Dinosaurs shed their teeth throughout their lives, just like modern sharks do. Because of this, the most common dinosaur fossils are teeth. Teeth are also the hardest substance of a dinosaur skeleton so the teeth are most suited to be preserved when perhaps, the bone would have rotted away and never fossilized. We sometimes get the question "Are fossil dinosaur teeth really the actual teeth?". Many are under the impression that these fossils are simply solid stone petrified remains of teeth. The answer is YES, they are the real, actual teeth of the dinosaur, not like some other forms of fossils where the object became replaced with stone over time. If you were to cut a fossil dinosaur tooth in half or worse, drop it, you would see the inner anatomy of the tooth such as the core where the pulp once was near the base, as well as the dentin and outer layer of enamel. As real teeth, they are fragile and can have microscopic fractures on the surface or through the tooth so that if the tooth is bumped, it could easily break. Some interesting scientific studies have been done on dinosaur teeth such as slicing a specimen and studying the growth patterns and molecular structure under high-power magnification. We only sell authentic fossils, never replicas so the dinosaur teeth you see on our website, are all genuine and come with a certificate of ID, condition and authenticity.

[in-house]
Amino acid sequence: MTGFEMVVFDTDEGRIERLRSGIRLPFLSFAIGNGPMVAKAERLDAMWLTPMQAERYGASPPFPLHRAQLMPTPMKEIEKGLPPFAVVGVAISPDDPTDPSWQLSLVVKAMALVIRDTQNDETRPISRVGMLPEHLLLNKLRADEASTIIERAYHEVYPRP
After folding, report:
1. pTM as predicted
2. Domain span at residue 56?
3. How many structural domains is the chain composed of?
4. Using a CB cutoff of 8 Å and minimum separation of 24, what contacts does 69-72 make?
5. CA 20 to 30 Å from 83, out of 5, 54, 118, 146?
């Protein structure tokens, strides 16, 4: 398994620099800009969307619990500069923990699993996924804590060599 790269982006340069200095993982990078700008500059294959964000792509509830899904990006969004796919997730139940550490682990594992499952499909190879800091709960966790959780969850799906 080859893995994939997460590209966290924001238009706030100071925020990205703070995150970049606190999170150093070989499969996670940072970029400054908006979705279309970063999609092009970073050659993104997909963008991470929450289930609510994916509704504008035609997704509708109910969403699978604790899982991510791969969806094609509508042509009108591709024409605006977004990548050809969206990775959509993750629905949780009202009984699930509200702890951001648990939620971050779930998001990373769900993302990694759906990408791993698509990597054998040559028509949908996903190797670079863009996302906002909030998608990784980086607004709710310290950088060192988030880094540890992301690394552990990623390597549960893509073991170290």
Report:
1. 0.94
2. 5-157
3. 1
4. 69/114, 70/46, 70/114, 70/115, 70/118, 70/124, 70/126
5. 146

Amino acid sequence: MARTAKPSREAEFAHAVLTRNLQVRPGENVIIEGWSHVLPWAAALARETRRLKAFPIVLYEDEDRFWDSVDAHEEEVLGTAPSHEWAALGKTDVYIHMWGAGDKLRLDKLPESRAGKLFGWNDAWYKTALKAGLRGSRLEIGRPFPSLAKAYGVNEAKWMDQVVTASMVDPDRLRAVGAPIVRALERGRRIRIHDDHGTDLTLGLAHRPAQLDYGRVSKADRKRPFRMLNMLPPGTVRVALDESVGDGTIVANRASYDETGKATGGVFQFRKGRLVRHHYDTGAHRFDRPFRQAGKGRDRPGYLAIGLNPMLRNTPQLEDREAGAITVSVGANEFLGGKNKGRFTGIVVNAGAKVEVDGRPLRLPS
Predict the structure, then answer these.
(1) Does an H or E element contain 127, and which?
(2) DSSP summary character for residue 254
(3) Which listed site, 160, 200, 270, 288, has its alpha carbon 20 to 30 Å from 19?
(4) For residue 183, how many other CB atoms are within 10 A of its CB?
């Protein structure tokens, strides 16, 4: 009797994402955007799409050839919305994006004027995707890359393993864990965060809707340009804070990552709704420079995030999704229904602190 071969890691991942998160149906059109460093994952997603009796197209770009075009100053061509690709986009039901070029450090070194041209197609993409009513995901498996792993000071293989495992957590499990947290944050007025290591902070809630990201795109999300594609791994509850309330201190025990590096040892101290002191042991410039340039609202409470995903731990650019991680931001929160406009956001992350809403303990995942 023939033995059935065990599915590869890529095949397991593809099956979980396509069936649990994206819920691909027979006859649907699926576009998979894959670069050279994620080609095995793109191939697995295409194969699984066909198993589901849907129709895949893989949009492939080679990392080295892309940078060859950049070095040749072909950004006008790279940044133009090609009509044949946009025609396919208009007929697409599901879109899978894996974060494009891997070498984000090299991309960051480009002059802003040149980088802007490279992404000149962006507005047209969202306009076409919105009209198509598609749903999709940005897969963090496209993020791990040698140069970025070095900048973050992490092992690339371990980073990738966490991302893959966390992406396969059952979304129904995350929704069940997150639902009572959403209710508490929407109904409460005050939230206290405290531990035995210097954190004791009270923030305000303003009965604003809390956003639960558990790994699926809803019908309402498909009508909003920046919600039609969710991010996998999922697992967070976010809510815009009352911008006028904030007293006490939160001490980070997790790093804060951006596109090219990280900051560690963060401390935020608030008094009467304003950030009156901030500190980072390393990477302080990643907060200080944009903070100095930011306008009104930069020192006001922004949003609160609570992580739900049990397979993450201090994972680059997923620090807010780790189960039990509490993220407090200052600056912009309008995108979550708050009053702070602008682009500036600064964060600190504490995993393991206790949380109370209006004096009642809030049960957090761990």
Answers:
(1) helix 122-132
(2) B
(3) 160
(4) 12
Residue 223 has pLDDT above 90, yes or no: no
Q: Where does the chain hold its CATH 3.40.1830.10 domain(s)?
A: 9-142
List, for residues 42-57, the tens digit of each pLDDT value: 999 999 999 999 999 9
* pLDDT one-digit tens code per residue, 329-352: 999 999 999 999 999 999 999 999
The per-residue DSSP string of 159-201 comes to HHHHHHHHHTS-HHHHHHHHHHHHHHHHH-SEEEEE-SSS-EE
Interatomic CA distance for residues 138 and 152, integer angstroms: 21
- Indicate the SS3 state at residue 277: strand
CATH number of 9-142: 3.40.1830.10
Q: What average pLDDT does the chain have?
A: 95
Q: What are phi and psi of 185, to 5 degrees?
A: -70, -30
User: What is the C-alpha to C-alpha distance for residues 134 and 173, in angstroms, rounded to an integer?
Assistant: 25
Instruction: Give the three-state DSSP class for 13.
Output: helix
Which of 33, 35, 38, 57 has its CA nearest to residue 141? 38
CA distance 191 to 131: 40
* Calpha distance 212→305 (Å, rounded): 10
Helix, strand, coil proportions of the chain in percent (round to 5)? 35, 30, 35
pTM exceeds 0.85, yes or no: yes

We can learn much about a dinosaur based on their teeth. The teeth tell us what kind of food they ate, meat or plants. The teeth also tell us HOW the dinosaur ate. If they were a plant-eater and their teeth were long rods that were slightly spaced apart in the jaw, then one can surmise their teeth were best for raking or stripping leaves off of branches as is found in the long-necked sauropods. If they were a plant-eater and their teeth were lined up tightly like long, solid rows of flattened pegs, then those teeth would have been best for crushing up and grinding heavier plant matter as is found in the duck-billed hadrosaurs. Meat-eaters with flattened and curved blade-like teeth would have torn their flesh from their prey as is found in dromaeosaurs (raptors). Meat-eaters that had robust, conical spike-shaped teeth would have fed by grabbing and crushing their prey as is found in the Spinosaur family of dinosaurs.